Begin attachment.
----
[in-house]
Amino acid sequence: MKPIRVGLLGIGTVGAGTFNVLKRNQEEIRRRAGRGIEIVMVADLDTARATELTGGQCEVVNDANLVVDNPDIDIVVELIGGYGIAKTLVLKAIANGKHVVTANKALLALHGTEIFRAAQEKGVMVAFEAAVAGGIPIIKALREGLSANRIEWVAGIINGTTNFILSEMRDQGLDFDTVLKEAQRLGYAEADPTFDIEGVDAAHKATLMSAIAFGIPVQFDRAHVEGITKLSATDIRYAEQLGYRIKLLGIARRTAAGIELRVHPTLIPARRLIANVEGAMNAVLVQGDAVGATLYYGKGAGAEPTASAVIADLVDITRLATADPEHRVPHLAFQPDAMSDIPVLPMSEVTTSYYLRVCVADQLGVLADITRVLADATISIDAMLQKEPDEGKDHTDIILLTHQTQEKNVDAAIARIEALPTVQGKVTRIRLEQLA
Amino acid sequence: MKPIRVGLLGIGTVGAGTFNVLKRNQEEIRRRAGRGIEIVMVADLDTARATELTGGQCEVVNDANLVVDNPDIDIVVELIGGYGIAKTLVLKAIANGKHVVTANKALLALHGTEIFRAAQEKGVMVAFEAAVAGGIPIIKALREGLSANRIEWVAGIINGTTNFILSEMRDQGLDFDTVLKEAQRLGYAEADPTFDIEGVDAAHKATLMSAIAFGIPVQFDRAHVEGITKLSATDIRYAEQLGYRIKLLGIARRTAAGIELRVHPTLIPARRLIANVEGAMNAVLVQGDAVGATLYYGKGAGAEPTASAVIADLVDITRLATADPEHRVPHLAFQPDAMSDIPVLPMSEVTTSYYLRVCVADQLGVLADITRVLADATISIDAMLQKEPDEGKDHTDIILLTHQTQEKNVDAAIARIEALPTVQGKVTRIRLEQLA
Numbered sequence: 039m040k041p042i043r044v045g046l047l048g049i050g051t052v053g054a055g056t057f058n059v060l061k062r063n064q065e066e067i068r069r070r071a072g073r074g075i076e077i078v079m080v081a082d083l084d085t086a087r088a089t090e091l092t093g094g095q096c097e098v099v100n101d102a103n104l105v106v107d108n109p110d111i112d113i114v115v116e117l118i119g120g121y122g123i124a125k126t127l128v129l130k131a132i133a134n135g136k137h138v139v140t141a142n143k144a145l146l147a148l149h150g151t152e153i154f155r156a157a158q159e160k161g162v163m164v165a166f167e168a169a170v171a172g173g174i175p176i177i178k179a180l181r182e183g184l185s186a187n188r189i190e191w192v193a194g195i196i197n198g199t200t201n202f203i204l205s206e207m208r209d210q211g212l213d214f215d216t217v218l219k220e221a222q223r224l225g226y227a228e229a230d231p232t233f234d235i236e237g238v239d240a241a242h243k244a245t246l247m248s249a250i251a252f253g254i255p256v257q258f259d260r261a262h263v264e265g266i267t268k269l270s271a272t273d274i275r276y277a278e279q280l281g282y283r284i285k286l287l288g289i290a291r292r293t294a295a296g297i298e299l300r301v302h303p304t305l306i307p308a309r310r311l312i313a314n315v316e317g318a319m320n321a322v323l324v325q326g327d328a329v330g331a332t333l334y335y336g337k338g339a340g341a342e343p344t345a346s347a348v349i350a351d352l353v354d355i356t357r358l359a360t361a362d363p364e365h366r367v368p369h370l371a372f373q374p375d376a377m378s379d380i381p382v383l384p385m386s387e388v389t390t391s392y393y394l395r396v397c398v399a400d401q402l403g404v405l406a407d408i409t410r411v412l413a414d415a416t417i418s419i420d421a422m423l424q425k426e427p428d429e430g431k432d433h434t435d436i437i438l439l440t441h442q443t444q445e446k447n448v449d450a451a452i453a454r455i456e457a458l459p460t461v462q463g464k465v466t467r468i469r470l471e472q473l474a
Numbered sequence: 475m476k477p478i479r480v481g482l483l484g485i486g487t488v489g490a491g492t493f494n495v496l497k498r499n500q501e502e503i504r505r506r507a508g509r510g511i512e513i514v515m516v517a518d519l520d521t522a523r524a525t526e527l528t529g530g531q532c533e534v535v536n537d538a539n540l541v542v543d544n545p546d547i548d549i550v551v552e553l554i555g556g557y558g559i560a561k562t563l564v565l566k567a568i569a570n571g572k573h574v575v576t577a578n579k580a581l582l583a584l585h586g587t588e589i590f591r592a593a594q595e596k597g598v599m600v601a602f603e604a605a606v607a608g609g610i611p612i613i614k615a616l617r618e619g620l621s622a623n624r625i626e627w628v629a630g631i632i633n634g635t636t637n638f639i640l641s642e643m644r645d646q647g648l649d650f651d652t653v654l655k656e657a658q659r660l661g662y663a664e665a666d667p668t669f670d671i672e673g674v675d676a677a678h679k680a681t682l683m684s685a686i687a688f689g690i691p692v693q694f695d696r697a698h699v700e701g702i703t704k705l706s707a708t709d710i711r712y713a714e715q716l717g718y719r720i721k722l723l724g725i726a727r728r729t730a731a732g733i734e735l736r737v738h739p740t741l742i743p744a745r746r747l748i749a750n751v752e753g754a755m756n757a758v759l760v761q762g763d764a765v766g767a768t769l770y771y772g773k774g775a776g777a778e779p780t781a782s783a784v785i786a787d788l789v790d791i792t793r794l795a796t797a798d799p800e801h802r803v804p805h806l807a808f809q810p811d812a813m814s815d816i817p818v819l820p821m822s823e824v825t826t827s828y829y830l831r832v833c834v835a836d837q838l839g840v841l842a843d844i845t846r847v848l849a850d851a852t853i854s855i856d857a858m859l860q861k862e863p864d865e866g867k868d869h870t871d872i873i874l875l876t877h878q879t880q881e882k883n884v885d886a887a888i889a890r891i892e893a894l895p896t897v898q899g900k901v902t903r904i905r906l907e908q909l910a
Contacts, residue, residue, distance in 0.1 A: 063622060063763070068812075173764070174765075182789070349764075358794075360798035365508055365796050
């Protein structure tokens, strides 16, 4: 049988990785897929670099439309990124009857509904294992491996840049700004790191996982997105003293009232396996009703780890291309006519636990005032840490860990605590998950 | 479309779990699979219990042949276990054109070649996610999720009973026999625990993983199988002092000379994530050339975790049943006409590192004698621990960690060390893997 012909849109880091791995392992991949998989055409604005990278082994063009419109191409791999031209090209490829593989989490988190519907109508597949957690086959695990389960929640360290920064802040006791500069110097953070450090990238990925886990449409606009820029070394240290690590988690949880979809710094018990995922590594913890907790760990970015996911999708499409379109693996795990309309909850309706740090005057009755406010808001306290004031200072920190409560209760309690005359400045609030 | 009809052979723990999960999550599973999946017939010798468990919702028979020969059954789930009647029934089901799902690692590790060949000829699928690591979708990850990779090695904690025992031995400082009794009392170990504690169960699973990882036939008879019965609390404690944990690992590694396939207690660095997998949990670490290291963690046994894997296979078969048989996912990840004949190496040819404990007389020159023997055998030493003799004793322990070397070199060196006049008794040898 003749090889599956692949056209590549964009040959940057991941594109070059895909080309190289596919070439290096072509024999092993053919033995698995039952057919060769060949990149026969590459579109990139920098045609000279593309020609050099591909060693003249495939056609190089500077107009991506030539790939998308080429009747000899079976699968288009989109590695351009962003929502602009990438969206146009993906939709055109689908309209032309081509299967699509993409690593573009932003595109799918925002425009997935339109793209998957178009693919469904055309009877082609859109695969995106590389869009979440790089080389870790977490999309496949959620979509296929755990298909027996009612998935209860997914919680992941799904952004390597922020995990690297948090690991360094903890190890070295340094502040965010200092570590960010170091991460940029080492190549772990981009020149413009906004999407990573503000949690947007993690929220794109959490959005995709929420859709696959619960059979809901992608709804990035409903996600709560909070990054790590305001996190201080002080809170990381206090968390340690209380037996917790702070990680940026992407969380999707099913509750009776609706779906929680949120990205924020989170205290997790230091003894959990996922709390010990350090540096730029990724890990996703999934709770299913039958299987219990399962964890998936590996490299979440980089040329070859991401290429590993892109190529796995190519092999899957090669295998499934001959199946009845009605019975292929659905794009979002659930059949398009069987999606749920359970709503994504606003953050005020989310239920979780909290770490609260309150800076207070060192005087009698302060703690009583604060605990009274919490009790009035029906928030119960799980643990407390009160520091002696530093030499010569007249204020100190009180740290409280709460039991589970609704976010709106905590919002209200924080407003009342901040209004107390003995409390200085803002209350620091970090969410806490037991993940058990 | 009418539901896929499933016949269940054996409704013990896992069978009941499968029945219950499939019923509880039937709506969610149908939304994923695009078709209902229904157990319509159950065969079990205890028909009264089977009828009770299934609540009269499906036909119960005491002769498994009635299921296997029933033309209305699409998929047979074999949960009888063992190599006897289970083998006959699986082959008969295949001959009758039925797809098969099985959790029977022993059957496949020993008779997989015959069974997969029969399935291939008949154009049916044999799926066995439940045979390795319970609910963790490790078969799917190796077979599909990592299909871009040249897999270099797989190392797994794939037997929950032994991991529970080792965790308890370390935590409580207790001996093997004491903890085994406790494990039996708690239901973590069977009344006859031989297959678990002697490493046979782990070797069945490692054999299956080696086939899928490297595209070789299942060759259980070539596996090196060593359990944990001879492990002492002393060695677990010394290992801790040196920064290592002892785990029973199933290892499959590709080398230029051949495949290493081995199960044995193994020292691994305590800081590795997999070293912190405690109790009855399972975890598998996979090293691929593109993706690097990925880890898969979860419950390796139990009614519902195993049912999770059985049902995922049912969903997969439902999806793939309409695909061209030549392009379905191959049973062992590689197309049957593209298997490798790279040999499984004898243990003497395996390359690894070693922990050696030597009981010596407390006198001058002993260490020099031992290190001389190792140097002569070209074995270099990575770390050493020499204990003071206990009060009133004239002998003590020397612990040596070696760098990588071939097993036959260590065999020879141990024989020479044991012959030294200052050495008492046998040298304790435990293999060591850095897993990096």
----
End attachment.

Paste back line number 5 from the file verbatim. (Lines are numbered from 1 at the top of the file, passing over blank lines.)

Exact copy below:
Numbered sequence: 475m476k477p478i479r480v481g482l483l484g485i486g487t488v489g490a491g492t493f494n495v496l497k498r499n500q501e502e503i504r505r506r507a508g509r510g511i512e513i514v515m516v517a518d519l520d521t522a523r524a525t526e527l528t529g530g531q532c533e534v535v536n537d538a539n540l541v542v543d544n545p546d547i548d549i550v551v552e553l554i555g556g557y558g559i560a561k562t563l564v565l566k567a568i569a570n571g572k573h574v575v576t577a578n579k580a581l582l583a584l585h586g587t588e589i590f591r592a593a594q595e596k597g598v599m600v601a602f603e604a605a606v607a608g609g610i611p612i613i614k615a616l617r618e619g620l621s622a623n624r625i626e627w628v629a630g631i632i633n634g635t636t637n638f639i640l641s642e643m644r645d646q647g648l649d650f651d652t653v654l655k656e657a658q659r660l661g662y663a664e665a666d667p668t669f670d671i672e673g674v675d676a677a678h679k680a681t682l683m684s685a686i687a688f689g690i691p692v693q694f695d696r697a698h699v700e701g702i703t704k705l706s707a708t709d710i711r712y713a714e715q716l717g718y719r720i721k722l723l724g725i726a727r728r729t730a731a732g733i734e735l736r737v738h739p740t741l742i743p744a745r746r747l748i749a750n751v752e753g754a755m756n757a758v759l760v761q762g763d764a765v766g767a768t769l770y771y772g773k774g775a776g777a778e779p780t781a782s783a784v785i786a787d788l789v790d791i792t793r794l795a796t797a798d799p800e801h802r803v804p805h806l807a808f809q810p811d812a813m814s815d816i817p818v819l820p821m822s823e824v825t826t827s828y829y830l831r832v833c834v835a836d837q838l839g840v841l842a843d844i845t846r847v848l849a850d851a852t853i854s855i856d857a858m859l860q861k862e863p864d865e866g867k868d869h870t871d872i873i874l875l876t877h878q879t880q881e882k883n884v885d886a887a888i889a890r891i892e893a894l895p896t897v898q899g900k901v902t903r904i905r906l907e908q909l910a